VSR's internal accounting records show that VSR had paid-in capital in excess of par at September 30, 1984, of $1,000 and total shareholder's equity of $145,039.60. VSR's internal accounting records, dated October 28, 1984, show the original purchase price entry followed by the entry "Reclass to paid in capital". Similarly, VSR's internal accounting records for the period ended October 28, 1984, show a debit of Account No. 2469 in the amount of $51,478,500 and a credit to the paid-in capital account (Account No. 3006) in the same amount. The explanation reflected in the journal entry is "Reclass VICORP Paid in Capital". Ron DeVos (DeVos), comptroller of VSR and head of the accounting department, prepared this entry, and Jenkins approved the reporting on VSR's internal accounting workpapers of the intercompany loan as paid-in capital. DeVos, as head of the accounting department, and Jenkins, as head of financial planning, were peers and worked closely together. It was not uncommon for DeVos to prepare significant accounting entries and present them to Jenkins for approval. Jenkins, however, would not have made an entry of this type or approved it without the knowledge of Binder, his immediate supervisor. 13 After discussions in the accounting department, this reclassification was undertaken so that the VSR balance sheet would look more attractive to outsiders. Binder as the chief financial officer of VSR approved this reclassification, either expressly or tacitly. See supra note 13.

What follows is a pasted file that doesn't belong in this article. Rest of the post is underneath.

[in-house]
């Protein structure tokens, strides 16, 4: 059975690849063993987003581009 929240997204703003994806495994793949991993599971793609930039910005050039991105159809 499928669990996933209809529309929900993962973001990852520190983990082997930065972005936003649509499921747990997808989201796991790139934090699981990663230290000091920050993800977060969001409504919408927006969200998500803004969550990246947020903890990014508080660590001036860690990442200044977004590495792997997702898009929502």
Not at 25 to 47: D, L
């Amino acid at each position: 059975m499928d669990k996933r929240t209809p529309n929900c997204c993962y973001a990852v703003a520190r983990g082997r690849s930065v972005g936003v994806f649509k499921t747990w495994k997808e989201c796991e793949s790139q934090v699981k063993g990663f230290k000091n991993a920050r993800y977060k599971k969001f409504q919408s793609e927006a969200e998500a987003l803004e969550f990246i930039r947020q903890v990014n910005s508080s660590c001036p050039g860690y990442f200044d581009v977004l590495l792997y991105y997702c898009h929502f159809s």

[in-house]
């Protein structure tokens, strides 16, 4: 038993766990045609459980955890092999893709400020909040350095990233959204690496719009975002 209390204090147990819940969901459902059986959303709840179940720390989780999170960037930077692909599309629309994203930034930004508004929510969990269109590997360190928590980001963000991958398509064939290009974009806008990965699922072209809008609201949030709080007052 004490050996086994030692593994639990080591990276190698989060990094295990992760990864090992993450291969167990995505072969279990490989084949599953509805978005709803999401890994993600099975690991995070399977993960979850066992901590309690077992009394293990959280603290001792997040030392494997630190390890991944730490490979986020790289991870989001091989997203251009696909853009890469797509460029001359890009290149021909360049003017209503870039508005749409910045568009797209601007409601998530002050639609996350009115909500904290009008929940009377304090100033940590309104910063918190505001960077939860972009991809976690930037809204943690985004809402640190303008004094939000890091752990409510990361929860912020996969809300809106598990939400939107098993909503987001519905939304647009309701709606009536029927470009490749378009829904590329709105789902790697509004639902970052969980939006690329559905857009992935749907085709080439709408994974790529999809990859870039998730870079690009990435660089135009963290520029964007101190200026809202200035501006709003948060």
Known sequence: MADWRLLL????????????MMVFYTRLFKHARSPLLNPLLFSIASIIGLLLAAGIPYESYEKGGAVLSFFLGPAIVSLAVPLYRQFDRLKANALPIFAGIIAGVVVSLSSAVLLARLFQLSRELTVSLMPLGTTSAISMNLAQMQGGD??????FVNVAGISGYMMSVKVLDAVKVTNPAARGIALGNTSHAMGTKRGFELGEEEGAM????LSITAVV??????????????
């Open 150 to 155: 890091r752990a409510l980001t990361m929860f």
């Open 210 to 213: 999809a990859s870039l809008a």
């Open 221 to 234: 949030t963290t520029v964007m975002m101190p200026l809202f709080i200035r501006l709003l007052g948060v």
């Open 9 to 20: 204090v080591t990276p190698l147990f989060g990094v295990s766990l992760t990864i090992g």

13 Jenkins, as director of financial planning, was primarily responsible for budgeting and comparing actual results to the budgets, working on projects for Binder, the chief financial officer of VSR, and managing the daily cash position of the company. Binder testified that his concern was determining an "operating profit line", before interest and taxes, to evaluate the company's performance. He did not recall whether there was interest being charged on the intercompany advance or other debts or the magnitude and size of those charges. He focused on the costs of running the business on a day-to-day basis before considering how VSR would fund interest or any other expenses that came below that operating profit line. He did not consider any interest being accrued on VSR's books payable to VICORP as an operating expense. Binder did not recall interest accruals on the intercompany advance nor did he recall authorizing a reclassification of the advance as paid-in capital.